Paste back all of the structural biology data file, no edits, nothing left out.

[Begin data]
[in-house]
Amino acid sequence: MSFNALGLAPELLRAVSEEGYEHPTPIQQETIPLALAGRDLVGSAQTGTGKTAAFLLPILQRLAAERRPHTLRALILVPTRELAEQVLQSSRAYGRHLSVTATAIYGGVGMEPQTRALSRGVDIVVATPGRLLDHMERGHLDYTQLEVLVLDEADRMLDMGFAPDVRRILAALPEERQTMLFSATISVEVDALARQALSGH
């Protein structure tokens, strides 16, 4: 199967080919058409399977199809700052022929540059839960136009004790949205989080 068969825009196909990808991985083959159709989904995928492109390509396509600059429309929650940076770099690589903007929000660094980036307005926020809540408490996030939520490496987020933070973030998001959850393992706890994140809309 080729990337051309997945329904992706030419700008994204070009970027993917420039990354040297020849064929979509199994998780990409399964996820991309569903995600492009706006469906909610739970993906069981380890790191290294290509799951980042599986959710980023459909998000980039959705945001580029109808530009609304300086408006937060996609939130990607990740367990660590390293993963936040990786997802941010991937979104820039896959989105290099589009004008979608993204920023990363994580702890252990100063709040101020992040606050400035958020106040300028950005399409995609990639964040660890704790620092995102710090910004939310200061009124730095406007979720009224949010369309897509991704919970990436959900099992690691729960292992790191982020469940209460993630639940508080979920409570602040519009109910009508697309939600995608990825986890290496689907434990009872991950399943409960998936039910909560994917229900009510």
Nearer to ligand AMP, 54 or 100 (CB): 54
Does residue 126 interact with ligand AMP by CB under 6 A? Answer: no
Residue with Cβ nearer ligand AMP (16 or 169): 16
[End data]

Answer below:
[in-house]
Amino acid sequence: MSFNALGLAPELLRAVSEEGYEHPTPIQQETIPLALAGRDLVGSAQTGTGKTAAFLLPILQRLAAERRPHTLRALILVPTRELAEQVLQSSRAYGRHLSVTATAIYGGVGMEPQTRALSRGVDIVVATPGRLLDHMERGHLDYTQLEVLVLDEADRMLDMGFAPDVRRILAALPEERQTMLFSATISVEVDALARQALSGH
């Protein structure tokens, strides 16, 4: 199967080919058409399977199809700052022929540059839960136009004790949205989080 068969825009196909990808991985083959159709989904995928492109390509396509600059429309929650940076770099690589903007929000660094980036307005926020809540408490996030939520490496987020933070973030998001959850393992706890994140809309 080729990337051309997945329904992706030419700008994204070009970027993917420039990354040297020849064929979509199994998780990409399964996820991309569903995600492009706006469906909610739970993906069981380890790191290294290509799951980042599986959710980023459909998000980039959705945001580029109808530009609304300086408006937060996609939130990607990740367990660590390293993963936040990786997802941010991937979104820039896959989105290099589009004008979608993204920023990363994580702890252990100063709040101020992040606050400035958020106040300028950005399409995609990639964040660890704790620092995102710090910004939310200061009124730095406007979720009224949010369309897509991704919970990436959900099992690691729960292992790191982020469940209460993630639940508080979920409570602040519009109910009508697309939600995608990825986890290496689907434990009872991950399943409960998936039910909560994917229900009510």
Nearer to ligand AMP, 54 or 100 (CB): 54
Does residue 126 interact with ligand AMP by CB under 6 A? Answer: no
Residue with Cβ nearer ligand AMP (16 or 169): 16